Estero Fire Rescue is pleased to announce that Battalion Chief Jeannine Blalock Horton recently participated in the 22nd Executive Fire Officer Program Graduate Symposium on April 9 – 11, 2010, held at the U. S. Fire Administration’s (USFA) National Fire Academy (NFA) in Emmitsburg, Maryland. The NFA serves as the national focal point for advancing the professional development of fire service and rescue personnel through education and training programs.
Battalion Chief Horton graduated from the NFA’s Executive Fire Officer Program. This prestigious academic program requires senior fire officials to meet stringent professional criteria for selection. The four-segment, advanced level program provides participants with a broad perspective on major aspects of fire administration. Participants must also complete Applied Research Project in their local organization.
Battalion Chief Horton began her career in 1981 as a volunteer in Pinellas County and was hired as a paid firefighter in 1984. She continued her career, becoming a paramedic, Engineer and, in 1990, a company officer She was hired by Estero Fire Rescue in 2003 where she served as a company officer before being promoted to Battalion Chief in 2008. She holds an Associate’s Degree in Fire Administration and is currently working on her Bachelor’s Degree in Public Administration.
Battalion Chief Horton has been a leader in the fire service community for many years and has been a pioneer for women entering the fire service. She has actively recruited women and minorities into a career in the fire service and emergency response and received the National Business Women’s Association Firefighter of the Year award in 1990 for her efforts, which she continues to this day.
She was also a top female competitor in the Firefighter Combat Challenge for ten years, attaining Tums Grand National Champion in 2005. The Firefighter Combat Challenge is a competition based on the fitness and professional duties of the firefighter. Competitors must wear full bunker gear, including an air pack and face mask, which completing the course ~ about 50 lbs of gear. The competitors must complete a series of obstacles based on the duties that firefighters perform in fire and rescue operations. These include climbing a 5-story tower, hoisting a reel, dragging hoses and rescuing a life-sized, 175 lb ‘victim’ as they race against themselves, their opponent and the clock.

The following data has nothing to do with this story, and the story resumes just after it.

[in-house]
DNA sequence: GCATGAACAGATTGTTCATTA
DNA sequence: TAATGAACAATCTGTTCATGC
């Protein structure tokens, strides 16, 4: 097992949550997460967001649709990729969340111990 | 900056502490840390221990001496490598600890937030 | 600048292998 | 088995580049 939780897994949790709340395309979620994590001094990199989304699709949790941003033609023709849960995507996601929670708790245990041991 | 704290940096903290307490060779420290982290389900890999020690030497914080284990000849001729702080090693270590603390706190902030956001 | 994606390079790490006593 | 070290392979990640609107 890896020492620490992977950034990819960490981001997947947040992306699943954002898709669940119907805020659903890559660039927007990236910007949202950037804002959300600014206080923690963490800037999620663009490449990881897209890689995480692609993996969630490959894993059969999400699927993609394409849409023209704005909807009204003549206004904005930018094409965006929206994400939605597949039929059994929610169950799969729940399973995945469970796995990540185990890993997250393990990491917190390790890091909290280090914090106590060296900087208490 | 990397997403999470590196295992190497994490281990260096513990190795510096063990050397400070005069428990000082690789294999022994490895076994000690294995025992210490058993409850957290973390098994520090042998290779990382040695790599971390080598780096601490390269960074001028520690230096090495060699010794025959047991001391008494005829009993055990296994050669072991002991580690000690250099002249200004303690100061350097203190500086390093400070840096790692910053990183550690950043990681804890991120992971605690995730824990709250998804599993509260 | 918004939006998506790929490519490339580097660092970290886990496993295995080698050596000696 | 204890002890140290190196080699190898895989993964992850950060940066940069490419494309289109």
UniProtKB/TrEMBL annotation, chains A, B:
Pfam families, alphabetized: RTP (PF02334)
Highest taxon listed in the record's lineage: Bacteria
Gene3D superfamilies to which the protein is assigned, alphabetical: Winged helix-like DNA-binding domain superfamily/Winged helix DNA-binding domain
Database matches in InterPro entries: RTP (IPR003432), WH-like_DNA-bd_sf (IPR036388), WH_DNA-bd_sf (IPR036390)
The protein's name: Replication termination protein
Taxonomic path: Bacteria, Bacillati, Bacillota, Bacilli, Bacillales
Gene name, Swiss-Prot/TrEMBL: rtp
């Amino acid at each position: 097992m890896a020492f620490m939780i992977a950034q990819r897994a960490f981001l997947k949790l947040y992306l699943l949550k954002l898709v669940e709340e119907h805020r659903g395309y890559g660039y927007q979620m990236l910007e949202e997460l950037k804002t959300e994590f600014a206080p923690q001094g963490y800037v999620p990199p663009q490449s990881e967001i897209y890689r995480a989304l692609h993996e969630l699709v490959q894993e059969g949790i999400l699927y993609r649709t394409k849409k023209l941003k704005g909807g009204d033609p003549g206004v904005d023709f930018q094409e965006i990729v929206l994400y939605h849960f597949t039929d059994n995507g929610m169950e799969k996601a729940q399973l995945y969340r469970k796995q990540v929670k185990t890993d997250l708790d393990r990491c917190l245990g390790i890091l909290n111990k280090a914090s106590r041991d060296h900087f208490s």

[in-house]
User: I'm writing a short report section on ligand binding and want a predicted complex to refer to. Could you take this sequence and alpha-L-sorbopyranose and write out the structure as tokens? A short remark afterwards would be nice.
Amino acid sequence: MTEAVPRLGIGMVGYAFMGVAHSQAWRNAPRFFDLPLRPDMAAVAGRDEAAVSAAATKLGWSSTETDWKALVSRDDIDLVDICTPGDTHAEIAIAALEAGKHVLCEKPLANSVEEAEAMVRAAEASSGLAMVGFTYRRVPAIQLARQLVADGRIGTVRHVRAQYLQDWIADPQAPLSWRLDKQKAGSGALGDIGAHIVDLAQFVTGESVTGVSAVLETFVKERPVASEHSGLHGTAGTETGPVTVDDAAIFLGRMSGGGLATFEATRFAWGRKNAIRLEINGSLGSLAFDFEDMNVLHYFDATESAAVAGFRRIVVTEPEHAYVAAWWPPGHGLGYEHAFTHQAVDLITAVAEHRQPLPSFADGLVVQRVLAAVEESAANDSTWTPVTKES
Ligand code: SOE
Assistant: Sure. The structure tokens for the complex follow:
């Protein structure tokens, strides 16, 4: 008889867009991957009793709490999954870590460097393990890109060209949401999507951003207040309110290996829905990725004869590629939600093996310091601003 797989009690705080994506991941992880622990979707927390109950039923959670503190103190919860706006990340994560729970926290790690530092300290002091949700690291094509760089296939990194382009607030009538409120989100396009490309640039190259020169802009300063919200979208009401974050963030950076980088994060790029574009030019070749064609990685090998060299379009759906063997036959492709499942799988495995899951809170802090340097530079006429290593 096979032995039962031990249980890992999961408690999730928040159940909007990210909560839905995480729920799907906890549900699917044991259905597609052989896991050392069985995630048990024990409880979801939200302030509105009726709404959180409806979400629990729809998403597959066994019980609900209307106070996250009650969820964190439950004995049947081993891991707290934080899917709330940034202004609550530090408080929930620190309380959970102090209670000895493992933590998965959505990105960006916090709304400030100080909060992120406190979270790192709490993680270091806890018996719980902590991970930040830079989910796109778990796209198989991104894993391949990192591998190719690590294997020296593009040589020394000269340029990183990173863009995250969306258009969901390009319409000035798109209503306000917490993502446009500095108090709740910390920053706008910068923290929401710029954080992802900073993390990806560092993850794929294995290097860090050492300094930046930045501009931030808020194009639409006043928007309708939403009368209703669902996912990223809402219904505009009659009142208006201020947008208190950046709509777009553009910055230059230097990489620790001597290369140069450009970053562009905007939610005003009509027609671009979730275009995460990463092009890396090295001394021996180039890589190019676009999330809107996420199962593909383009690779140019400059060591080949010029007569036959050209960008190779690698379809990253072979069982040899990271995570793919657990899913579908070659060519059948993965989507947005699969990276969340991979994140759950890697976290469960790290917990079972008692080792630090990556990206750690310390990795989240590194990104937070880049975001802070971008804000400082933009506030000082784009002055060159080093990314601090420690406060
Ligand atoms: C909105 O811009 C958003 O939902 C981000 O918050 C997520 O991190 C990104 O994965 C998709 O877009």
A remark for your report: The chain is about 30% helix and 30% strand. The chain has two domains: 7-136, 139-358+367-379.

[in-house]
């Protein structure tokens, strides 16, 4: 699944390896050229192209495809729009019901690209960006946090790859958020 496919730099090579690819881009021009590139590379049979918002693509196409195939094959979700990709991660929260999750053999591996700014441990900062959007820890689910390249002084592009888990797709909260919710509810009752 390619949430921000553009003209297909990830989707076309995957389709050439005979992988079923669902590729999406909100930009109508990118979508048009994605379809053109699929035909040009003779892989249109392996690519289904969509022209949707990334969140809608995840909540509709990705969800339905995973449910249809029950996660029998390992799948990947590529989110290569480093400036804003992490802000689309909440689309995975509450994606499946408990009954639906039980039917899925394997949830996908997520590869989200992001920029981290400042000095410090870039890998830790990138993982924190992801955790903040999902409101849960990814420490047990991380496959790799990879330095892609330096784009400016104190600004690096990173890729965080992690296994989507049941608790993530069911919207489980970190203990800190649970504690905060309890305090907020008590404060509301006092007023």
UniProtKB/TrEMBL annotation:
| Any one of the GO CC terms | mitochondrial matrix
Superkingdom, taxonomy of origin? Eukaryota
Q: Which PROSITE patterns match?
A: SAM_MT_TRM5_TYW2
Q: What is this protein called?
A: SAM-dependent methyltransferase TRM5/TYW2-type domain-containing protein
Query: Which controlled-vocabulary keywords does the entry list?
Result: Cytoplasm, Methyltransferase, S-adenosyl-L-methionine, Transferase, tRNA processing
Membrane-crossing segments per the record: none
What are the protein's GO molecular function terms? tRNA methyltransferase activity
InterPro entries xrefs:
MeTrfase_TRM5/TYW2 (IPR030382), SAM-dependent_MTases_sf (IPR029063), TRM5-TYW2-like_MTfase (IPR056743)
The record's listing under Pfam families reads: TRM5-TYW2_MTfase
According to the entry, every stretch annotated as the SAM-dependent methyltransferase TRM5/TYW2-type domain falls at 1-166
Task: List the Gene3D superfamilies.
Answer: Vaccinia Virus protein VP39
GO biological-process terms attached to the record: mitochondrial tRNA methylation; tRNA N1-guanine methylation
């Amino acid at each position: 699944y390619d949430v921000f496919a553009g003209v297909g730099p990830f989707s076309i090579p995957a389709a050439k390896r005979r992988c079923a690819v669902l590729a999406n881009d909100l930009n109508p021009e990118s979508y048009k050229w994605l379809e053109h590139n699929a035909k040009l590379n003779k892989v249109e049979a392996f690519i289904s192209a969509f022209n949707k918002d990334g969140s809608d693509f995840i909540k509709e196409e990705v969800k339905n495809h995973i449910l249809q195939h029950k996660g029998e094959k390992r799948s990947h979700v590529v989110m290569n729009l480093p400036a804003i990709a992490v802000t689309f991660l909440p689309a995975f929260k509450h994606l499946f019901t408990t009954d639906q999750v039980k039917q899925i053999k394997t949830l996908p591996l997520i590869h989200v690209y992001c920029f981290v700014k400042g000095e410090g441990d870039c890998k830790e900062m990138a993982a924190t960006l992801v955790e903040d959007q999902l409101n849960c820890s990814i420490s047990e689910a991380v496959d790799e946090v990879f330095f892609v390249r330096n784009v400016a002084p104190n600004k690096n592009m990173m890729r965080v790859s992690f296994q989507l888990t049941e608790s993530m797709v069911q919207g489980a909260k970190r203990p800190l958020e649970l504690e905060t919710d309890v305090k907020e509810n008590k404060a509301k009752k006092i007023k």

Battalion Chief Horton feels that the completion of the EFO program has given her valuable insight. “The EFO program has been significant in growing my leadership ability. The program has been instrumental in motivating me to reflect and look-within self; to seize the many opportunities that face us daily to improve our own selves, so that we can be of greater value and service to others. It has given me the tools to be a stronger leader, develop other leaders, to assess, analyze and resolve community needs, to handle large scale incidents, and to drive change in a positive manner; enabling the fire service to not only meet the tough challenges ahead but maneuver through successfully.”